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Adding R Packages In Azure ML

Iu-Wei Sze

The Execute R Script module in Azure Machine Learning is incredibly useful for manipulating data in ways that other modules do not cover. Its functionality can be further expanded by adding R packages that are not included in Azure ML by default. We will first show you how to get a list of packages that are already in your workspace and then how to add additional packages.
Checking Which R Packages are in Your Workspace
Create a new experiment, and place the following R code in an “Execute R Script” module:
data.set <-data.frame(installed.packages());
maml.mapOutputPort(“data.set”);

Run the experiment. The output of the Execute R Script module will be a list of the available packages.
Adding R Packages
Before you can use the package in Azure ML, you need to set up the zip file structure in which ML expects the packages to appear. To do this, start by installing the…

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16 Things Only People Who Work with Azure ML Will Understand

Lu Li

Azure Machine Learning is part of the Cortana Intelligence Suite. It’s a cloud based collaborative drag and drop tool that can be used to build, test, and deploy predictive analytics solutions. We recently worked with Casella Waste Systems to analyze their customer and sales data using Azure ML. We found Azure ML to be a useful tool that allowed us to visualize our work and avoid coding when it wasn’t necessary. However, the process of creating successful experiments didn’t come without some speed bumps. Here are some things that we discovered along our ML journey, delivered in the spirit of a Buzzfeed article.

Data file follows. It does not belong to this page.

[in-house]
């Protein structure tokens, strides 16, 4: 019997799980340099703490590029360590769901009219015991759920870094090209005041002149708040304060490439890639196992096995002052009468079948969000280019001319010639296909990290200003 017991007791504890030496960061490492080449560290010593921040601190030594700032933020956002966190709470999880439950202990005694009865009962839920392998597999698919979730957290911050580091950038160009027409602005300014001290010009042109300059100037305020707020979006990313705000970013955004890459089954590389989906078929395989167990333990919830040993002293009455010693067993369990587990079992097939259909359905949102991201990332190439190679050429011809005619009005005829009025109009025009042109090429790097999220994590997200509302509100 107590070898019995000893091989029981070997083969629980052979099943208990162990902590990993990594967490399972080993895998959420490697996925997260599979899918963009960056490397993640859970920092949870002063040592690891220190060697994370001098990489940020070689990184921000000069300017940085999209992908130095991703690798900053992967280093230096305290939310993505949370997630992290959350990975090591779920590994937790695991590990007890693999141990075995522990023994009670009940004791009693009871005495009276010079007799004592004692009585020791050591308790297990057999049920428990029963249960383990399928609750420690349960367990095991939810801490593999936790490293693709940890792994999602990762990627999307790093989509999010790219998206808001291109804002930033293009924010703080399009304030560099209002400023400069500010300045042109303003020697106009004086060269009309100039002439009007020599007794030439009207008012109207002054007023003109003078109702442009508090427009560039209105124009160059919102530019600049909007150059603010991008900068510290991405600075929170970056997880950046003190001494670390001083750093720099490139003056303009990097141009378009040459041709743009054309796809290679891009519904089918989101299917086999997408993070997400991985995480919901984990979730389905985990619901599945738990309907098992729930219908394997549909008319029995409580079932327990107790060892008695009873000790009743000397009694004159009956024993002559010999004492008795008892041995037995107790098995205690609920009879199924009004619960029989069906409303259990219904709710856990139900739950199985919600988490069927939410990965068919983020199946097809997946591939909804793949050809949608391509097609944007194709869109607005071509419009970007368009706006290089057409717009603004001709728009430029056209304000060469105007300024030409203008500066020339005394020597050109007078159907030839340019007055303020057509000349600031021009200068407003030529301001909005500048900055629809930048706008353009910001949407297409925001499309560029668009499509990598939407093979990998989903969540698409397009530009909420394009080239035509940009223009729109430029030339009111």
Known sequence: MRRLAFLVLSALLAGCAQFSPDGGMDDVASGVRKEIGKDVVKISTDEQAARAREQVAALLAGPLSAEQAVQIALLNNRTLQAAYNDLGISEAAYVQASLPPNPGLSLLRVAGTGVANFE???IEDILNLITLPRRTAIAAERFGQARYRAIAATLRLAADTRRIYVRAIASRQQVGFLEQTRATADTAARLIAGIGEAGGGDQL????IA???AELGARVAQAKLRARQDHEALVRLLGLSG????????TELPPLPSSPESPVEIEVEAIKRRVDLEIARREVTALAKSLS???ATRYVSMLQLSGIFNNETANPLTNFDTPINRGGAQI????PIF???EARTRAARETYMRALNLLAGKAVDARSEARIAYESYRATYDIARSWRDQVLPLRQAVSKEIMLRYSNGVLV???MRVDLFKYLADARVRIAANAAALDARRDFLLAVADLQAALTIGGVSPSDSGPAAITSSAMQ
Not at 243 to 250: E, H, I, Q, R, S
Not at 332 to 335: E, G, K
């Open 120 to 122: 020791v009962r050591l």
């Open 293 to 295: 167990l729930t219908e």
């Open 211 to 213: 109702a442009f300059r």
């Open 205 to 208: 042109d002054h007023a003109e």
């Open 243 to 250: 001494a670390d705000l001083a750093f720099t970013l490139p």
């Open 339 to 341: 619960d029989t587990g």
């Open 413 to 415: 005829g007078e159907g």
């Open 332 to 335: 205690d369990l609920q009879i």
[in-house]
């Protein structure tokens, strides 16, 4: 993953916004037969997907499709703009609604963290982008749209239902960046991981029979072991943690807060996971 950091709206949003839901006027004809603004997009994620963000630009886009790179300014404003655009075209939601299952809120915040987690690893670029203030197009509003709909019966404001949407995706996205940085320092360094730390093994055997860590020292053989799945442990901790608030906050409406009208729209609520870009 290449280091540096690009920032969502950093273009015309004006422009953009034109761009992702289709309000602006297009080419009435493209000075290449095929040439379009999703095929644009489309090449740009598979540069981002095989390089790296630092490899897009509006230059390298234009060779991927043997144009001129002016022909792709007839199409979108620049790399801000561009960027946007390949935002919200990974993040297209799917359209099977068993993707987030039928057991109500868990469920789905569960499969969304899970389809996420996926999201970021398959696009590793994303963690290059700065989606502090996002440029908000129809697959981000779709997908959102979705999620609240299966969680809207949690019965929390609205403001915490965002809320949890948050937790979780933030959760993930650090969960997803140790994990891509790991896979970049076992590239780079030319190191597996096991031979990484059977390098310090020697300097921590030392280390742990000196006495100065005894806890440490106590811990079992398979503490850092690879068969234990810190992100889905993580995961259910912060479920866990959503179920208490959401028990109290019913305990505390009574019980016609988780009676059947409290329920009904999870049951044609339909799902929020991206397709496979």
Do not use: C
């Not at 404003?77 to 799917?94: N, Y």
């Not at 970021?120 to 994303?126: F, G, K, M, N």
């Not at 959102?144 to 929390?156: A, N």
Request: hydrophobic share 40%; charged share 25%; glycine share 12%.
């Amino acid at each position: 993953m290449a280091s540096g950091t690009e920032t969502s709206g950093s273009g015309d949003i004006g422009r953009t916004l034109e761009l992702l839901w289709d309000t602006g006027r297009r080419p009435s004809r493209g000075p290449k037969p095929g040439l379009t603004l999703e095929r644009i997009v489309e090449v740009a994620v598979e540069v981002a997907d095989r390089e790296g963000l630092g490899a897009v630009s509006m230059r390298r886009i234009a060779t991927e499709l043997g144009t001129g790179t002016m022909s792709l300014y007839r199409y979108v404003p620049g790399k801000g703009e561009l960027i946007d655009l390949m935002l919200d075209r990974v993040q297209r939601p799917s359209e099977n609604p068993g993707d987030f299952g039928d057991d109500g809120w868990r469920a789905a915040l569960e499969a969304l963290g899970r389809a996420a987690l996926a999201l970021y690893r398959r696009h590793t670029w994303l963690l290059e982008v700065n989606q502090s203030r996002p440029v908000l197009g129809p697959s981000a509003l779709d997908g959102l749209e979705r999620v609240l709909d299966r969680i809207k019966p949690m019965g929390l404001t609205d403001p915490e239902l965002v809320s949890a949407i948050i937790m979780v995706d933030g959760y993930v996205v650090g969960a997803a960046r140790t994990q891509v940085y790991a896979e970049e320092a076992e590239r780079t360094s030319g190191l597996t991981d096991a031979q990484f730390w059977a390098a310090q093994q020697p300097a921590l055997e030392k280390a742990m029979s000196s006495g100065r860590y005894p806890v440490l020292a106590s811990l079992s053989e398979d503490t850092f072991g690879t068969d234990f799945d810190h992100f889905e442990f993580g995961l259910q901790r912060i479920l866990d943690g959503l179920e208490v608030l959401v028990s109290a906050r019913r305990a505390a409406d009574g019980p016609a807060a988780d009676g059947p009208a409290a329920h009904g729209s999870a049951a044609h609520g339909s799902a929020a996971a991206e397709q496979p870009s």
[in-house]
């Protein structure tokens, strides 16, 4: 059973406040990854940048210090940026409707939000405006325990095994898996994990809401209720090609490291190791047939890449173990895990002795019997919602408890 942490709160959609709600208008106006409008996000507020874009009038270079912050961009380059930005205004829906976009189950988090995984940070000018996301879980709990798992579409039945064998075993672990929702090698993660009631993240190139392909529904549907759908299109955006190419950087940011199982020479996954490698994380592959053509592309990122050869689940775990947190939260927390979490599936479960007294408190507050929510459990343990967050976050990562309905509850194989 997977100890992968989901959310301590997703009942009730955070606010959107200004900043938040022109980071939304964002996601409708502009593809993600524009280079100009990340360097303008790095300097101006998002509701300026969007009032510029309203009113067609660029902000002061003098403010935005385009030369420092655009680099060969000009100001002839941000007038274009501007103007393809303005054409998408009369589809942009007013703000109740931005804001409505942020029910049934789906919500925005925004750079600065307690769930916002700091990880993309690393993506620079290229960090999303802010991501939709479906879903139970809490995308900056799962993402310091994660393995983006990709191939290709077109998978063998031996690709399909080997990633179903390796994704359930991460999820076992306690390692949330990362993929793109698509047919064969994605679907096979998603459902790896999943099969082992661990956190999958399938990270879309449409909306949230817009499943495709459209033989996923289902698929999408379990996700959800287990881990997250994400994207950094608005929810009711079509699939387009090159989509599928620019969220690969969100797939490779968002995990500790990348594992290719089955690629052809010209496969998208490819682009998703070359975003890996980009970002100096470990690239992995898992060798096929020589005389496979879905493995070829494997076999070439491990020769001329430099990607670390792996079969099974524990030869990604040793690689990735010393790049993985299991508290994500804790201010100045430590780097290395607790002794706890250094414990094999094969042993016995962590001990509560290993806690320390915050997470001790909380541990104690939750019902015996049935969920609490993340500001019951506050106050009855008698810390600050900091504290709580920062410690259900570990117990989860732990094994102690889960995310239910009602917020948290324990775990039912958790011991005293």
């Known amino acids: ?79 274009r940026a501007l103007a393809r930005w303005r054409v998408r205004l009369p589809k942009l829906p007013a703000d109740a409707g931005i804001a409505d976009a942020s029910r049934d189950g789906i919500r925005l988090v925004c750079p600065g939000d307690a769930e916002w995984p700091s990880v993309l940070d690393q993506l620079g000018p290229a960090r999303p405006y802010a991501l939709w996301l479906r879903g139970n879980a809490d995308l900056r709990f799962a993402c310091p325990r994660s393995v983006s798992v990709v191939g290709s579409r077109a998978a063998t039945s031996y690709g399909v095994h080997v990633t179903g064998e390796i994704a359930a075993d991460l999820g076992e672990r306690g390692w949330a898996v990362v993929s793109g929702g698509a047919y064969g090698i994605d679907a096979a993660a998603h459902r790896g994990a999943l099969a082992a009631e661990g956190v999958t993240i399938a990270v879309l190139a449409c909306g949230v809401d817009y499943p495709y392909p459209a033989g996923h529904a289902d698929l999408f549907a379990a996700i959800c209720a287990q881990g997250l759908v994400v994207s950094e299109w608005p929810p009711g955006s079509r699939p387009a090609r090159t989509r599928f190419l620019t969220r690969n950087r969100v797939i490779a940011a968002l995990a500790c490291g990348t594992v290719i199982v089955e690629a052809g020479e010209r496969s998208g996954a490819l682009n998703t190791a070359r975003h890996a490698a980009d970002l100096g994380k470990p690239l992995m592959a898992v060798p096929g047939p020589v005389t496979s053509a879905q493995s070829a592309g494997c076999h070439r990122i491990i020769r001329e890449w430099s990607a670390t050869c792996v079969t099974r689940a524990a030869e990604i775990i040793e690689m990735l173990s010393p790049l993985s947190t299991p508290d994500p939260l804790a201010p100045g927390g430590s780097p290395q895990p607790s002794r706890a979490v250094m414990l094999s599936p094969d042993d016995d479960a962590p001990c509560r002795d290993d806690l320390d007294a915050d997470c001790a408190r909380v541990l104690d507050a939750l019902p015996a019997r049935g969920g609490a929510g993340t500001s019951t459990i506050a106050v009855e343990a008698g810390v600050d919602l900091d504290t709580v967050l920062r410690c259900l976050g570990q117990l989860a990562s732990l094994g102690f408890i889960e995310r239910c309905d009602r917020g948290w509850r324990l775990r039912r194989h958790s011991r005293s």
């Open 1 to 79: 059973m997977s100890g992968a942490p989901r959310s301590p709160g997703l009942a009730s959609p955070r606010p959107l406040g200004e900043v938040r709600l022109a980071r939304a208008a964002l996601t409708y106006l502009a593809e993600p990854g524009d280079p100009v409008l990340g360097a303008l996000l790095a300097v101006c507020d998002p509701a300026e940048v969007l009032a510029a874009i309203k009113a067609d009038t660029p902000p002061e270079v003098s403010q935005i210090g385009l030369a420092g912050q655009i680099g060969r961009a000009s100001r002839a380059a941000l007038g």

1. Your experiment starts out nice and simple

2. And ends up looking like this

3. You have multiple people working on an experiment

 
4. But you see this when everyone tries to edit the experiment at the same time

All that…

Mobile-first, cloud-first makes Microsoft a Leader in the Gartner Magic Quadrant for Mobile Application Development Platforms

Tallan Partner

In the few months since Microsoft acquired Xamarin, Scott Guthrie and Nat Friedman have laid out our roadmap that builds on the complementary strengths in mobile development and cloud services that made our companies great partners for years. Microsoft is excited to report that Visual Studio with Xamarin plus Azure is working. They have already seen a massive upswing in developer participation, and they’re receiving validation from outside the developer community, as well.
Yesterday, Gartner recognized Microsoft as a Leader in its 2016 Magic Quadrant for Mobile Application Development Platforms. The designation reflects the fact that Microsoft’s Mobile Application Development Platform vision has expanded dramatically, evidenced by the Xamarin integration, enhancements to Azure App Service, and improved mobile DevOps capabilities.
Over the past year Microsoft has made incredible progress toward their vison of “Any developer, any app, any platform.” Developers need to balance the efficiency of a full-stack solution with the flexibility…